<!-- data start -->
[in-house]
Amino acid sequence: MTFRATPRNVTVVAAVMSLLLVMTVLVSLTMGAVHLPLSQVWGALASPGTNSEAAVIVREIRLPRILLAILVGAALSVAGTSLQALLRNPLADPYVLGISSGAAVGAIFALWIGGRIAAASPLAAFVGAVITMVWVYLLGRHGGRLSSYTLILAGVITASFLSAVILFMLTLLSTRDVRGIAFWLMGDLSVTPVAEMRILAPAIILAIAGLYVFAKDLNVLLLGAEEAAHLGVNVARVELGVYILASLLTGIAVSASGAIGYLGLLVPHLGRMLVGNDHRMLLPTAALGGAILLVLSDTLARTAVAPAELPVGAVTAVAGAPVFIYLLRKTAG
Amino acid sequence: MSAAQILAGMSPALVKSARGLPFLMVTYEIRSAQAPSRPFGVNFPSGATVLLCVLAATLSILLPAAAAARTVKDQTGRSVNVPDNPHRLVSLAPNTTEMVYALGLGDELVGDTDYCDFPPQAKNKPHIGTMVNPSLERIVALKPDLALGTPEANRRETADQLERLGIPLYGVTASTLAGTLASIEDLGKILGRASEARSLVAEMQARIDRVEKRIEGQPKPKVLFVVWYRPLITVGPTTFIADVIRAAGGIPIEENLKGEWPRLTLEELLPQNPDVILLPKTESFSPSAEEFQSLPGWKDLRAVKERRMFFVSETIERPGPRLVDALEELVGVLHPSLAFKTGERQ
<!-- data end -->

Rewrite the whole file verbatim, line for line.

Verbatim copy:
[in-house]
Amino acid sequence: MTFRATPRNVTVVAAVMSLLLVMTVLVSLTMGAVHLPLSQVWGALASPGTNSEAAVIVREIRLPRILLAILVGAALSVAGTSLQALLRNPLADPYVLGISSGAAVGAIFALWIGGRIAAASPLAAFVGAVITMVWVYLLGRHGGRLSSYTLILAGVITASFLSAVILFMLTLLSTRDVRGIAFWLMGDLSVTPVAEMRILAPAIILAIAGLYVFAKDLNVLLLGAEEAAHLGVNVARVELGVYILASLLTGIAVSASGAIGYLGLLVPHLGRMLVGNDHRMLLPTAALGGAILLVLSDTLARTAVAPAELPVGAVTAVAGAPVFIYLLRKTAG
Amino acid sequence: MSAAQILAGMSPALVKSARGLPFLMVTYEIRSAQAPSRPFGVNFPSGATVLLCVLAATLSILLPAAAAARTVKDQTGRSVNVPDNPHRLVSLAPNTTEMVYALGLGDELVGDTDYCDFPPQAKNKPHIGTMVNPSLERIVALKPDLALGTPEANRRETADQLERLGIPLYGVTASTLAGTLASIEDLGKILGRASEARSLVAEMQARIDRVEKRIEGQPKPKVLFVVWYRPLITVGPTTFIADVIRAAGGIPIEENLKGEWPRLTLEELLPQNPDVILLPKTESFSPSAEEFQSLPGWKDLRAVKERRMFFVSETIERPGPRLVDALEELVGVLHPSLAFKTGERQ